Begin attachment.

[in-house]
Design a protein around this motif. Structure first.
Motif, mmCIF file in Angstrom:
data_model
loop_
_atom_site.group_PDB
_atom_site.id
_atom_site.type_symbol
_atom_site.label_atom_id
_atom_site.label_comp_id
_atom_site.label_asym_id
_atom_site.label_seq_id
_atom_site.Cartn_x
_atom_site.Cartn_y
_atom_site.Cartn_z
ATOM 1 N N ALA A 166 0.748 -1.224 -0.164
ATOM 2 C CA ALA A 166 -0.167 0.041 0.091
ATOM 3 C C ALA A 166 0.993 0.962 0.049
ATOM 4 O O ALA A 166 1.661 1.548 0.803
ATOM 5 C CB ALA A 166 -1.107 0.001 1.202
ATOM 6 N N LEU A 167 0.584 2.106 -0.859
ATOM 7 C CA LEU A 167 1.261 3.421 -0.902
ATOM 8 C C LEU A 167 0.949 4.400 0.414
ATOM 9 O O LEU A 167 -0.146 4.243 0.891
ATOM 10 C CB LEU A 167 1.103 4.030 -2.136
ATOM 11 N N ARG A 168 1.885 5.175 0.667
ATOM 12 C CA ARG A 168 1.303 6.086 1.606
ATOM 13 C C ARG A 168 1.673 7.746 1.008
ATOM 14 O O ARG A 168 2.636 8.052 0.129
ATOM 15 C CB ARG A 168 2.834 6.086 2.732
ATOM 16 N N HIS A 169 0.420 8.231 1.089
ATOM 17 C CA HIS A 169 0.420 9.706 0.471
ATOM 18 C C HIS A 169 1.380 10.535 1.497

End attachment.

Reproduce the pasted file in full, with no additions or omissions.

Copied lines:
[in-house]
Design a protein around this motif. Structure first.
Motif, mmCIF file in Angstrom:
data_model
loop_
_atom_site.group_PDB
_atom_site.id
_atom_site.type_symbol
_atom_site.label_atom_id
_atom_site.label_comp_id
_atom_site.label_asym_id
_atom_site.label_seq_id
_atom_site.Cartn_x
_atom_site.Cartn_y
_atom_site.Cartn_z
ATOM 1 N N ALA A 166 0.748 -1.224 -0.164
ATOM 2 C CA ALA A 166 -0.167 0.041 0.091
ATOM 3 C C ALA A 166 0.993 0.962 0.049
ATOM 4 O O ALA A 166 1.661 1.548 0.803
ATOM 5 C CB ALA A 166 -1.107 0.001 1.202
ATOM 6 N N LEU A 167 0.584 2.106 -0.859
ATOM 7 C CA LEU A 167 1.261 3.421 -0.902
ATOM 8 C C LEU A 167 0.949 4.400 0.414
ATOM 9 O O LEU A 167 -0.146 4.243 0.891
ATOM 10 C CB LEU A 167 1.103 4.030 -2.136
ATOM 11 N N ARG A 168 1.885 5.175 0.667
ATOM 12 C CA ARG A 168 1.303 6.086 1.606
ATOM 13 C C ARG A 168 1.673 7.746 1.008
ATOM 14 O O ARG A 168 2.636 8.052 0.129
ATOM 15 C CB ARG A 168 2.834 6.086 2.732
ATOM 16 N N HIS A 169 0.420 8.231 1.089
ATOM 17 C CA HIS A 169 0.420 9.706 0.471
ATOM 18 C C HIS A 169 1.380 10.535 1.497